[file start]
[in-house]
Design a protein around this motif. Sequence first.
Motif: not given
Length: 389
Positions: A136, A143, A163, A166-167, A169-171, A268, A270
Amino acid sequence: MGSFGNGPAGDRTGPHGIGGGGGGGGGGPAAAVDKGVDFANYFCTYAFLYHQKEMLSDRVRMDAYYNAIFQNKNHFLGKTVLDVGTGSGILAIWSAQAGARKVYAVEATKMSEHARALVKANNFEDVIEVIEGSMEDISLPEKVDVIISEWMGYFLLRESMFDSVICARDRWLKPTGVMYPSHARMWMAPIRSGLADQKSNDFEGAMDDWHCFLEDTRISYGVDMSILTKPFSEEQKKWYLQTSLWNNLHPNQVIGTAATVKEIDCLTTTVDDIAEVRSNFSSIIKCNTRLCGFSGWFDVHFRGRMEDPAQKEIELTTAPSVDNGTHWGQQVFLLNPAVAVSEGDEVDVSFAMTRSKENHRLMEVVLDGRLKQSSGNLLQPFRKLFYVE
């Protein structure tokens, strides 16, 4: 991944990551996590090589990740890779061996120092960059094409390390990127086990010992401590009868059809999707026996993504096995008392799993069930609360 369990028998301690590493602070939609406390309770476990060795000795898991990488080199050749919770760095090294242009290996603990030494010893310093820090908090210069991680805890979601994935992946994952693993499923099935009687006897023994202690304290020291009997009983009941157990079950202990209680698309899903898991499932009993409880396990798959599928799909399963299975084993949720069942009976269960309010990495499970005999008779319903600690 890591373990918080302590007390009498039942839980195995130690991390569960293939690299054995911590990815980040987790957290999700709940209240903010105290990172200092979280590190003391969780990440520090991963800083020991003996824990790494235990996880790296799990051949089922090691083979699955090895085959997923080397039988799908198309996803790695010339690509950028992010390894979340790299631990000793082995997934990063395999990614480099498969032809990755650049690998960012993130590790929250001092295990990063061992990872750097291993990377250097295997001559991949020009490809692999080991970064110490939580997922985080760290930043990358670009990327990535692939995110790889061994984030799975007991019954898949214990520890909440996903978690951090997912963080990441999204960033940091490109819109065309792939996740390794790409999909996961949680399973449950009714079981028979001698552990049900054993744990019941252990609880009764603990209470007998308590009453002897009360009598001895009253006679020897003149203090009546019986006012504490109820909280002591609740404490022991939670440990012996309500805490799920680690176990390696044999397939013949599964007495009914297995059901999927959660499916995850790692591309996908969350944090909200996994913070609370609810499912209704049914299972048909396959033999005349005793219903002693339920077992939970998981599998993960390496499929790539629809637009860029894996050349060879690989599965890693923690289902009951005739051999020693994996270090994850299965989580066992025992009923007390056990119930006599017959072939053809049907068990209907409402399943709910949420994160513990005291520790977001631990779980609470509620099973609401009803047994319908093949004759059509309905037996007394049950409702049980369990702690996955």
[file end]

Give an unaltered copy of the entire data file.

[in-house]
Design a protein around this motif. Sequence first.
Motif: not given
Length: 389
Positions: A136, A143, A163, A166-167, A169-171, A268, A270
Amino acid sequence: MGSFGNGPAGDRTGPHGIGGGGGGGGGGPAAAVDKGVDFANYFCTYAFLYHQKEMLSDRVRMDAYYNAIFQNKNHFLGKTVLDVGTGSGILAIWSAQAGARKVYAVEATKMSEHARALVKANNFEDVIEVIEGSMEDISLPEKVDVIISEWMGYFLLRESMFDSVICARDRWLKPTGVMYPSHARMWMAPIRSGLADQKSNDFEGAMDDWHCFLEDTRISYGVDMSILTKPFSEEQKKWYLQTSLWNNLHPNQVIGTAATVKEIDCLTTTVDDIAEVRSNFSSIIKCNTRLCGFSGWFDVHFRGRMEDPAQKEIELTTAPSVDNGTHWGQQVFLLNPAVAVSEGDEVDVSFAMTRSKENHRLMEVVLDGRLKQSSGNLLQPFRKLFYVE
């Protein structure tokens, strides 16, 4: 991944990551996590090589990740890779061996120092960059094409390390990127086990010992401590009868059809999707026996993504096995008392799993069930609360 369990028998301690590493602070939609406390309770476990060795000795898991990488080199050749919770760095090294242009290996603990030494010893310093820090908090210069991680805890979601994935992946994952693993499923099935009687006897023994202690304290020291009997009983009941157990079950202990209680698309899903898991499932009993409880396990798959599928799909399963299975084993949720069942009976269960309010990495499970005999008779319903600690 890591373990918080302590007390009498039942839980195995130690991390569960293939690299054995911590990815980040987790957290999700709940209240903010105290990172200092979280590190003391969780990440520090991963800083020991003996824990790494235990996880790296799990051949089922090691083979699955090895085959997923080397039988799908198309996803790695010339690509950028992010390894979340790299631990000793082995997934990063395999990614480099498969032809990755650049690998960012993130590790929250001092295990990063061992990872750097291993990377250097295997001559991949020009490809692999080991970064110490939580997922985080760290930043990358670009990327990535692939995110790889061994984030799975007991019954898949214990520890909440996903978690951090997912963080990441999204960033940091490109819109065309792939996740390794790409999909996961949680399973449950009714079981028979001698552990049900054993744990019941252990609880009764603990209470007998308590009453002897009360009598001895009253006679020897003149203090009546019986006012504490109820909280002591609740404490022991939670440990012996309500805490799920680690176990390696044999397939013949599964007495009914297995059901999927959660499916995850790692591309996908969350944090909200996994913070609370609810499912209704049914299972048909396959033999005349005793219903002693339920077992939970998981599998993960390496499929790539629809637009860029894996050349060879690989599965890693923690289902009951005739051999020693994996270090994850299965989580066992025992009923007390056990119930006599017959072939053809049907068990209907409402399943709910949420994160513990005291520790977001631990779980609470509620099973609401009803047994319908093949004759059509309905037996007394049950409702049980369990702690996955």